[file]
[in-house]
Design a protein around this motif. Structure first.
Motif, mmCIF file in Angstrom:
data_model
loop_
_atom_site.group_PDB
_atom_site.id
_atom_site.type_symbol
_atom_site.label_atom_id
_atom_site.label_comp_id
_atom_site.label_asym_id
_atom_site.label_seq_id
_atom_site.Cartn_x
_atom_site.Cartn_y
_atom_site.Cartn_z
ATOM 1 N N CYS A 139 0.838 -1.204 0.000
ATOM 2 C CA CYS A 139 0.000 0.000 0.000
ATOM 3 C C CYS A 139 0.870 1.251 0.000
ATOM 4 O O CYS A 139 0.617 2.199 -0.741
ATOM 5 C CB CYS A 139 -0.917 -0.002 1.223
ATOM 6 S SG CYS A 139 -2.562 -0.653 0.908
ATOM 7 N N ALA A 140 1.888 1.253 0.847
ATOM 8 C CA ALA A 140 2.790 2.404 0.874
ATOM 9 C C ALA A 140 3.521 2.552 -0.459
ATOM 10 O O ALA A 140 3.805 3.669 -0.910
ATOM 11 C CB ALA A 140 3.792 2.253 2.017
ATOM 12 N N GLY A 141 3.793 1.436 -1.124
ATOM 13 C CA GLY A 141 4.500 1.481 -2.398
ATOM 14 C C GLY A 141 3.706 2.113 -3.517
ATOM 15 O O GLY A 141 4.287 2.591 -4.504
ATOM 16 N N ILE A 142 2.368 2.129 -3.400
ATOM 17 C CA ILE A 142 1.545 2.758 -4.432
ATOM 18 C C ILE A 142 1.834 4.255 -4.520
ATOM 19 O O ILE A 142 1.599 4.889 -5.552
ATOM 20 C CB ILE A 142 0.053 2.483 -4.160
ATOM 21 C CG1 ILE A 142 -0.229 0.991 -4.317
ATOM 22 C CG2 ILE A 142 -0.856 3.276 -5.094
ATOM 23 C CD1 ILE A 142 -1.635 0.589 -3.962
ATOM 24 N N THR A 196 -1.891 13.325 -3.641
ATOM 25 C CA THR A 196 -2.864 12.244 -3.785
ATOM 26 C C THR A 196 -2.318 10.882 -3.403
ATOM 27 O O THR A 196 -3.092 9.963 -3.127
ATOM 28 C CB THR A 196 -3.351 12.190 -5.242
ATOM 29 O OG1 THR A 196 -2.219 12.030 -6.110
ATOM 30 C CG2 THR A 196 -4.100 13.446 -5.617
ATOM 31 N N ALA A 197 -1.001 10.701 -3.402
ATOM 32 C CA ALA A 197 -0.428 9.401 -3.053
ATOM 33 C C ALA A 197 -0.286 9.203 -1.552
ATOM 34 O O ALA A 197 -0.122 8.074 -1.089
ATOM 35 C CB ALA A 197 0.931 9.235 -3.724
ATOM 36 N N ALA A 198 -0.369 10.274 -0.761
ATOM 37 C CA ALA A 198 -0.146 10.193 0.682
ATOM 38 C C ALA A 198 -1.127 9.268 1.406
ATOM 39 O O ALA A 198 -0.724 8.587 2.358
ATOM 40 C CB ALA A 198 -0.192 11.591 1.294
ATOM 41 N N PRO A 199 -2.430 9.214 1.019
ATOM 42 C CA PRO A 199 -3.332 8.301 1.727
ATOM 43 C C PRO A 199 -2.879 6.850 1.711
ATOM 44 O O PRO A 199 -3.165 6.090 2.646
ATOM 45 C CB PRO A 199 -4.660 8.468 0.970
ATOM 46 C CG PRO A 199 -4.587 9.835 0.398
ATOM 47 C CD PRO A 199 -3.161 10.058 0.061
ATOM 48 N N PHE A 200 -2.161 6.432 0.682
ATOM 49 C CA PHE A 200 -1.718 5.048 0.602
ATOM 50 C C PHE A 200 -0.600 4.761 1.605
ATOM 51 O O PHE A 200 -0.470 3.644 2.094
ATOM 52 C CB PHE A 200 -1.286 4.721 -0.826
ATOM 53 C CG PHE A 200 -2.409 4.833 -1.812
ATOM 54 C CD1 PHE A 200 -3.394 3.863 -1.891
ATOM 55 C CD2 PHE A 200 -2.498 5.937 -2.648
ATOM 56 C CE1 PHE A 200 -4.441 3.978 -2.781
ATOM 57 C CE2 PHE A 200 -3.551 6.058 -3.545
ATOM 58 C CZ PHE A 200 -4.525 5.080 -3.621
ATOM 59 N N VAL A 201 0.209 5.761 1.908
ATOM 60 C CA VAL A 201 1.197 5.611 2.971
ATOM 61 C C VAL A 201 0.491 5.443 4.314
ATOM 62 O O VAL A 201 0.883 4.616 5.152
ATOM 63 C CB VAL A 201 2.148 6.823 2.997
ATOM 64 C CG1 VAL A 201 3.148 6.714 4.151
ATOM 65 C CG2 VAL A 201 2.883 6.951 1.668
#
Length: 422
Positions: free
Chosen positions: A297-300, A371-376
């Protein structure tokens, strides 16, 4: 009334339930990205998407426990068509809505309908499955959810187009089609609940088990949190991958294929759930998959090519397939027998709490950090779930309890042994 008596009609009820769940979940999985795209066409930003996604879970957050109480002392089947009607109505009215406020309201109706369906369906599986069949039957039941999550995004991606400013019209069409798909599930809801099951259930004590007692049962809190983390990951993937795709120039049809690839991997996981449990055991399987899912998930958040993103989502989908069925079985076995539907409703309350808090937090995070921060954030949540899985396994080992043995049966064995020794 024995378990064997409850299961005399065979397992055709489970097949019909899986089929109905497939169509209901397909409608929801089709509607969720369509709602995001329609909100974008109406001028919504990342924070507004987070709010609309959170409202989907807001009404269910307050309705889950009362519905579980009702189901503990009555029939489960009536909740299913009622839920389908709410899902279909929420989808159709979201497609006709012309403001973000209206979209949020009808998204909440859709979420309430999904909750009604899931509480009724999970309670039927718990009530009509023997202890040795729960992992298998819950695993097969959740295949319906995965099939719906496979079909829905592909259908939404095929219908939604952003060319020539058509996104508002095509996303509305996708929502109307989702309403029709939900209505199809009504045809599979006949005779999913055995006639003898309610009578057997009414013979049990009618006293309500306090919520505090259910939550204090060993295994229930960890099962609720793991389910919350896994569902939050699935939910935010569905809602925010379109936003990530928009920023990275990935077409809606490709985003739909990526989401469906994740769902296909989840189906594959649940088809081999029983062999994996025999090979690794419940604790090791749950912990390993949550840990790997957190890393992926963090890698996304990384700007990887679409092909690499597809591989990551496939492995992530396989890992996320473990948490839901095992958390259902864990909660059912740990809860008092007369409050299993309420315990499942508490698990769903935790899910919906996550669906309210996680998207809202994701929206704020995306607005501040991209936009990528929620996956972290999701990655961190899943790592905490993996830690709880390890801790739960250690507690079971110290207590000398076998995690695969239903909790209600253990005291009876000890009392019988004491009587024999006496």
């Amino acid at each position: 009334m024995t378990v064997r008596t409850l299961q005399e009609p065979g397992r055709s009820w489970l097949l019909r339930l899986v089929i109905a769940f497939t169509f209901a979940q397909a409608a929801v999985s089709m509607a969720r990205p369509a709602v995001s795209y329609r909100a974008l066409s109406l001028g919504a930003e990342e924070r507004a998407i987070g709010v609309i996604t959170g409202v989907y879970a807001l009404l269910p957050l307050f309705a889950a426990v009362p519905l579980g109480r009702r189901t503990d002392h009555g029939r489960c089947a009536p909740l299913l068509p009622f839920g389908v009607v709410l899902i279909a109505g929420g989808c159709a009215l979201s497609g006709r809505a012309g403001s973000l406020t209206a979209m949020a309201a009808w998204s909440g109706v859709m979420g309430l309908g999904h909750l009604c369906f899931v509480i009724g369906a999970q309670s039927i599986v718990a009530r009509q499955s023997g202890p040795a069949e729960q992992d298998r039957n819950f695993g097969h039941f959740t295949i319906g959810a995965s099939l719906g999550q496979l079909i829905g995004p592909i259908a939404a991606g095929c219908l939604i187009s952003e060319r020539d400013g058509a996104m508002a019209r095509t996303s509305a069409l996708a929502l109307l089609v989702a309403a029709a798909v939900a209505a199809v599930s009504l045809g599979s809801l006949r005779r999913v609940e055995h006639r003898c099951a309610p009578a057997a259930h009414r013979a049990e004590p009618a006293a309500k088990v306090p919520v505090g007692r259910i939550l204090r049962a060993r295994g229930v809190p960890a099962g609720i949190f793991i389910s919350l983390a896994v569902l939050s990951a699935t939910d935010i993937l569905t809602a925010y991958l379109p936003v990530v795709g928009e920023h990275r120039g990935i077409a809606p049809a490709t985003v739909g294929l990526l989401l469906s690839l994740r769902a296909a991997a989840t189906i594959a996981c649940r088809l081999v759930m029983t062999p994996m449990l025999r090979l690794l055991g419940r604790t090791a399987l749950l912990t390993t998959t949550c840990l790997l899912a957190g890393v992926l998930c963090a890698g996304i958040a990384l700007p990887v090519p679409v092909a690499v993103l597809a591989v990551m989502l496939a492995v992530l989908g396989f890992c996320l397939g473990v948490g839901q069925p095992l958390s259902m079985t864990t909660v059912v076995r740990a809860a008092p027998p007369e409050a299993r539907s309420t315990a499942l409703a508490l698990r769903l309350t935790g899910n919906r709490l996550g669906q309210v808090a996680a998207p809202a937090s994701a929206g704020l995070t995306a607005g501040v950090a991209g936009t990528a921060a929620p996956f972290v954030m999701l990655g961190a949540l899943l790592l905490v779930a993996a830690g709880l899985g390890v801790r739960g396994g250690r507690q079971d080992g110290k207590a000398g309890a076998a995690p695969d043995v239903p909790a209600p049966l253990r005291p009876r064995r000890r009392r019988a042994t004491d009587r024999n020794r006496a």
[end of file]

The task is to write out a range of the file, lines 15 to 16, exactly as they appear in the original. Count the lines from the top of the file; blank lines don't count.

_atom_site.Cartn_z
ATOM 1 N N CYS A 139 0.838 -1.204 0.000